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The Erdős–Stone theorem theory says that the densest graph not containing a graph H (which has chromatic number r) has number of edges equal to $(r-2)/(r-1) {n \choose 2}$ asymptotically.

However, this doesn't say much for bipartite graphs (since r=2). I wanted to know what are the best results known for the densest graphs not containing a particular bipartite graph H. I'm guessing this problem is still open and hasn't been completely resolved.

This problem is easy if H is a forest, since every graph with $|E| > k|V|$ contains every forest on k vertices as a subgraph. For even cycles, I know there is a result of Bondy and Simonovits which says:

"if $|E| \geq 100k|V|^{1+1/k}$ then G contains a $C_{2l}$ for every $l$ in $[k, n^{1/k}]$."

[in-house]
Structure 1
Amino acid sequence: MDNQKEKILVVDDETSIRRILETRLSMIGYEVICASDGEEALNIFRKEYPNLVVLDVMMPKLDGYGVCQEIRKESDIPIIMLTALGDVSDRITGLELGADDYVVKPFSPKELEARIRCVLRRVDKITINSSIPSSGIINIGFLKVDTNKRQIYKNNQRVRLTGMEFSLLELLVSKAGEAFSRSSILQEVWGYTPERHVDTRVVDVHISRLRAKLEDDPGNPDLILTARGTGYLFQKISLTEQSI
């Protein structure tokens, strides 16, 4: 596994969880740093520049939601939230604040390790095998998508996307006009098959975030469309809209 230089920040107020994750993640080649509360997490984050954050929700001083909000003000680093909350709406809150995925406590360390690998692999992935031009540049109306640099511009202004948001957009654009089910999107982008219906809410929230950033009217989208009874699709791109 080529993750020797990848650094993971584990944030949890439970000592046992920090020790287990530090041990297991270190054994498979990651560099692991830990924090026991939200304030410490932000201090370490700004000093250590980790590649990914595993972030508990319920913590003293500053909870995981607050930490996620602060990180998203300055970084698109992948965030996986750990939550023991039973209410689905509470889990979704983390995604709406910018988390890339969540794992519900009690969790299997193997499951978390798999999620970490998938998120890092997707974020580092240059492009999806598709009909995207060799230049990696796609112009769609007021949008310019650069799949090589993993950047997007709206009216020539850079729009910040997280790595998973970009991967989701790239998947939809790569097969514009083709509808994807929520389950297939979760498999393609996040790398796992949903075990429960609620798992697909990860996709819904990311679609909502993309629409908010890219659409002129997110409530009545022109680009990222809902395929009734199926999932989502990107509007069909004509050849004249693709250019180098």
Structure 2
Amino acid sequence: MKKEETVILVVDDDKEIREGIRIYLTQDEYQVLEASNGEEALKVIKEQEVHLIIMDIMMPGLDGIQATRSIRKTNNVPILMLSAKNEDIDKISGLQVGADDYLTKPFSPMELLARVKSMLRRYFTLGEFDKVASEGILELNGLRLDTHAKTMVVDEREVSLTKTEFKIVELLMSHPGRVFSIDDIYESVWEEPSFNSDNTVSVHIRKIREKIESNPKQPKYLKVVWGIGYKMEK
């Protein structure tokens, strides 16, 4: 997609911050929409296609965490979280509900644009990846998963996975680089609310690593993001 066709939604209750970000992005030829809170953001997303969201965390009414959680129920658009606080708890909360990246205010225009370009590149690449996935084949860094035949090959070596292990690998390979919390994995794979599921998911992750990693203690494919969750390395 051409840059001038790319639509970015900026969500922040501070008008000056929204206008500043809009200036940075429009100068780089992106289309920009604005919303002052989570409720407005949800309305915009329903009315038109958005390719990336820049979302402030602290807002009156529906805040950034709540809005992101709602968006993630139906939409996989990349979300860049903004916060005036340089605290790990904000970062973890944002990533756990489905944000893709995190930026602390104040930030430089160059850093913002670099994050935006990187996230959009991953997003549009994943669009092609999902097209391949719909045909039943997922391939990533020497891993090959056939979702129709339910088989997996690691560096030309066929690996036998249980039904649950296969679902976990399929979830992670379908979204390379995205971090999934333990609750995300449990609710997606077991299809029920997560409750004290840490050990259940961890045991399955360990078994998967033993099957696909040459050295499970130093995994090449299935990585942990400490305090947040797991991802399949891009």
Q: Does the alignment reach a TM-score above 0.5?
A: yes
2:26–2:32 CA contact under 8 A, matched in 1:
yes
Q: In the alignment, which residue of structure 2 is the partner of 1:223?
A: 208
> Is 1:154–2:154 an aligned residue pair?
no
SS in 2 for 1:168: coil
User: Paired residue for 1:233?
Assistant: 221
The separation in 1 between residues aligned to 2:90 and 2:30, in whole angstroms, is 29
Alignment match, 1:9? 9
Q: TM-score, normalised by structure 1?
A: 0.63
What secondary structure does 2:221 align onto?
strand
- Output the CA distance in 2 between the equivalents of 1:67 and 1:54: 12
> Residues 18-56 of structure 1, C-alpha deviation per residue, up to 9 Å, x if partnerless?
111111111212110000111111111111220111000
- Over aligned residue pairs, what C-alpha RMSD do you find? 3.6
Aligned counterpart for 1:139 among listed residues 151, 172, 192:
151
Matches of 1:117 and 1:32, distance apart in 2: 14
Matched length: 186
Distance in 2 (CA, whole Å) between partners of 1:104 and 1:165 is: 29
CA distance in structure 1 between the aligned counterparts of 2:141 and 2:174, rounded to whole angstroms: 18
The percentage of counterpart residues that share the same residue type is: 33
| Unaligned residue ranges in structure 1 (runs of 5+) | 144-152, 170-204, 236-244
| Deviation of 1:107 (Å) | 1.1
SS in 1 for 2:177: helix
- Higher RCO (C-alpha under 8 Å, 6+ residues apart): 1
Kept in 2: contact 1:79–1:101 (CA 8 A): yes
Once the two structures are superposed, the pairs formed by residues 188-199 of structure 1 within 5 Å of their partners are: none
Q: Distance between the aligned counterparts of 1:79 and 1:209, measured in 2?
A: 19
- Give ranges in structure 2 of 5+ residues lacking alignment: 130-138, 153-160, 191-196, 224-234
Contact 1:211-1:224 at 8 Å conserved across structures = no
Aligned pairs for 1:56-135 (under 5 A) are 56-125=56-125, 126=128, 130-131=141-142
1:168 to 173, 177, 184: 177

So can someone point me to the best known results now for bipartite cyclic graphs?

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# Erdős–Stone theorem type edge density estimates for bipartite graphs?

The Erdős–Stone theorem theory says that the densest graph not containing a graph H (which has chromatic number r) has number of edges equal to $(r-2)/(r-1) {n \choose 2}$ asymptotically.

However, this doesn't say much for bipartite graphs (since r=2). I wanted to know what are the best results known for the densest graphs not containing a particular bipartite graph H. I'm guessing this problem is still open and hasn't been completely resolved.

This problem is easy if H is a forest, since every graph with $|E| > k|V|$ contains every forest on k vertices as a subgraph. For even cycles, I know there is a result of Bondy and Simonovits which says "if $|E| \geq 100k|V|^{1+1/k}$ then G contains a $C_{2l}$ for every $l$ in $[k, n^{1/k}]$."

So can someone point me to the best known results now for bipartite cyclic graphs?